Steven Cozart – The Divide II: The Pencil Test
Dimensions: 30 x 24″ finished size
Medium: charcoal, gesso, assemblage on wooden panels
My work as of late is reflective of my thoughts and feelings about race and identity in America, focusing on stereotypes of the Aftrican American Male and Female within the paradigm of the African American Community. Specifically, I have noted the use of codecs (devices that compress and decompress data to enable faster transmission of that data) within the community to quickly pack and unpack information about African American men and women amongst themselves. These codecs have taken and may take many forms, such as a brown paper bag (as related to skin tone), or a pencil (as related to hair texture). The tones, textures and even features of the individuals also serve as codecs
The ongoing body of drawings, paintings, and mixed media collages refer to such things as the historical practice, in African American communities, of colorism ( prejudice and discrimination against individuals regarding their skin tone, typically among people of the same ethinic or racial group, texurism the idea that certain types of natural hair patters are more desirable or beautiful than others, and featurism the social acceptance and/or preference of European facial features over African facial features). In fact, these comparisons are based upon several superficial traits, mythos, and fallacies prevalent in the community.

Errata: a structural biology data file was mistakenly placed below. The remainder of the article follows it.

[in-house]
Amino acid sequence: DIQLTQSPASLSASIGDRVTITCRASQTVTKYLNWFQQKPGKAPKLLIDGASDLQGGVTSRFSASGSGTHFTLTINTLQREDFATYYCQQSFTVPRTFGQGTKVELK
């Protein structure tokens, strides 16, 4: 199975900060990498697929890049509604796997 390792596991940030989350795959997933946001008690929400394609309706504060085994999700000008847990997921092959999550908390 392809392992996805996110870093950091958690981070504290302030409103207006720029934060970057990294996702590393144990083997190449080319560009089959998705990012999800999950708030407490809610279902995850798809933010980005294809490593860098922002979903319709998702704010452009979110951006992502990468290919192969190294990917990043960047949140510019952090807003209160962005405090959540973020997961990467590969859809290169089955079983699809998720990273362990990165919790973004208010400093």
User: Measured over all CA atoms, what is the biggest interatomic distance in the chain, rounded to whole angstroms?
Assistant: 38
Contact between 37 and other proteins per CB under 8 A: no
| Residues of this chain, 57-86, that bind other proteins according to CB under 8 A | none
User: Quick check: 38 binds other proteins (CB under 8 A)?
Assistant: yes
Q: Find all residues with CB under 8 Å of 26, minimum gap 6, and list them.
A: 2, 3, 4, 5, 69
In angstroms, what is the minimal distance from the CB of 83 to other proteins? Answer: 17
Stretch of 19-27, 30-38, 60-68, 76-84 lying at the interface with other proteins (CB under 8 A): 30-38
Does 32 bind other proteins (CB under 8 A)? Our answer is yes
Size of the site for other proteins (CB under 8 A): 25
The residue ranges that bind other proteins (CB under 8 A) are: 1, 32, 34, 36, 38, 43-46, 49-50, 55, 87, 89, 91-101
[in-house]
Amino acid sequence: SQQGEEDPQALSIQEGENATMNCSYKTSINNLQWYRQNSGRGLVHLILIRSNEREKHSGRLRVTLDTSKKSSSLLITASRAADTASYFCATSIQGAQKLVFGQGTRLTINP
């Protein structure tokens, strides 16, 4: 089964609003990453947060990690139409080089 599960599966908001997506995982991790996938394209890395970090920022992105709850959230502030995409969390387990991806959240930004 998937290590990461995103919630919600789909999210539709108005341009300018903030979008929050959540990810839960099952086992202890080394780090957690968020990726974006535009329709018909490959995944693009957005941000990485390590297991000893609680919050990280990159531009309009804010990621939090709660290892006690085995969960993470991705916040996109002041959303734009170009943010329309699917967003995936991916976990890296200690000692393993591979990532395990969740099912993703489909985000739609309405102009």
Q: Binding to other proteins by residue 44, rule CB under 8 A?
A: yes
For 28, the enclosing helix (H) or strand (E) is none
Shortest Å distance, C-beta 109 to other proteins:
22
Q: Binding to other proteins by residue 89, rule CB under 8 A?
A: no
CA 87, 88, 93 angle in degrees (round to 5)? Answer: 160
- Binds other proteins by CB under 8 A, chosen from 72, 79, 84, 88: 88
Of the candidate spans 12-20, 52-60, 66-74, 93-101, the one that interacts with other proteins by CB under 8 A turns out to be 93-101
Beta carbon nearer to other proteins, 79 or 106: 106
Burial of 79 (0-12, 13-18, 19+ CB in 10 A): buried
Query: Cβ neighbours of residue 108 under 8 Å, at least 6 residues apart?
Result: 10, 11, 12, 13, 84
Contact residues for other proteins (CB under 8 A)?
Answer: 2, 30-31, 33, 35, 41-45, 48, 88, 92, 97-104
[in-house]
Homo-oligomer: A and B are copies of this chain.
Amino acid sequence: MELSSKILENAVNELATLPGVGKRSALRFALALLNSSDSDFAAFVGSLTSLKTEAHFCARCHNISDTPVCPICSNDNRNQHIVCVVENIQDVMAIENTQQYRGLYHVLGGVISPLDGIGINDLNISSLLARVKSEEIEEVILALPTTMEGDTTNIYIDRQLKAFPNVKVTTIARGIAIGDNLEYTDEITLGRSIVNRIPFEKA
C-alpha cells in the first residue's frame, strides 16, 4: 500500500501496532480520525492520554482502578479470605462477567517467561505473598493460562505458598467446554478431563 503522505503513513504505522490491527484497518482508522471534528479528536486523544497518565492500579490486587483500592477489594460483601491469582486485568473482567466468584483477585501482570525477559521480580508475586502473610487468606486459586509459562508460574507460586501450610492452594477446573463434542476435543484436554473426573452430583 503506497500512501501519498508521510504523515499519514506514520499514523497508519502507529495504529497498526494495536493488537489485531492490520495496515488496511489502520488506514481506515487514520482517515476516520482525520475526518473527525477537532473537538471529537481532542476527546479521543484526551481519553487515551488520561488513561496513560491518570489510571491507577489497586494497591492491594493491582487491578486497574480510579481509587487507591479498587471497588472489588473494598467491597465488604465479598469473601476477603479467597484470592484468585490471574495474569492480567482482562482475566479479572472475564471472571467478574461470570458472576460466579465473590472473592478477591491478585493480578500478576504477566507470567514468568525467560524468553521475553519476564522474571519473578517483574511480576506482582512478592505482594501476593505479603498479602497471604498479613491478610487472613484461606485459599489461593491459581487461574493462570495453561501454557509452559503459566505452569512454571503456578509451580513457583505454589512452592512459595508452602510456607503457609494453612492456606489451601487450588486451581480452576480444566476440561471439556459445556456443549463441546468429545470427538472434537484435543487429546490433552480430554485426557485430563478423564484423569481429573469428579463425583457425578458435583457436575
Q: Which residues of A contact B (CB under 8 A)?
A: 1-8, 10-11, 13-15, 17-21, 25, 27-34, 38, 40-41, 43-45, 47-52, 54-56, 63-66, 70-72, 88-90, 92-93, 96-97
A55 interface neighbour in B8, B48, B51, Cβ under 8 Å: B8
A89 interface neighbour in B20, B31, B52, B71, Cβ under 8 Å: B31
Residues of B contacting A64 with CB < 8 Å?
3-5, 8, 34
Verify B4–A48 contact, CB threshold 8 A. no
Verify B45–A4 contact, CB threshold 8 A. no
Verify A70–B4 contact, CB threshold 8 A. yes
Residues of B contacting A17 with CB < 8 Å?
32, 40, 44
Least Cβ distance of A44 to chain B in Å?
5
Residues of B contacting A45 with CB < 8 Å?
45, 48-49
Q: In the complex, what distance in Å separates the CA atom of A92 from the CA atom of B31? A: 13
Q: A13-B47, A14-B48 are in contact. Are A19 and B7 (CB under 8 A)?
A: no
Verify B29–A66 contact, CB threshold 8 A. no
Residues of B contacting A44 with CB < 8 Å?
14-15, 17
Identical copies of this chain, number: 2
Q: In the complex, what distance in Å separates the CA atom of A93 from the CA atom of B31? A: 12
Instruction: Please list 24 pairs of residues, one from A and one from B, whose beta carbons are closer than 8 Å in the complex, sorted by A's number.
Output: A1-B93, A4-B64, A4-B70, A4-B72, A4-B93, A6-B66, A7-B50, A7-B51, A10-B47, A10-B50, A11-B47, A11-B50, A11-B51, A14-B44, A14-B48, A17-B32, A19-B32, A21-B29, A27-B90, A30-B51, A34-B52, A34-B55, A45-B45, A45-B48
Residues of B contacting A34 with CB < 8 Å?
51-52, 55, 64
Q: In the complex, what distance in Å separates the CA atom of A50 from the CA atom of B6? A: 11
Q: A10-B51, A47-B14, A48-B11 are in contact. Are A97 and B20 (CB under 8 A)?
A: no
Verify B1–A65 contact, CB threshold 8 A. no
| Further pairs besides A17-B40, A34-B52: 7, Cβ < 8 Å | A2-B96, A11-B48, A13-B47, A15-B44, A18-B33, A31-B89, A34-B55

Acts of colorism would include, for example, comparing a brown paper bag to skin tone in determining manhood, beauty, and admission or exclusion in social circles. In fact, there are some that are of the opinion that virility and manhood for blacks makes a direct correlation to skin tone. Acts of texturism would include using a pencil to make a judgement on the grade of an african American woman’s hair, thereby deeming it as “good” or “bad.” Acts of featurism would include choosing or making judgements of individuals based on facial traits (nose, lips, eye color) that are closer to European beauty standards in America.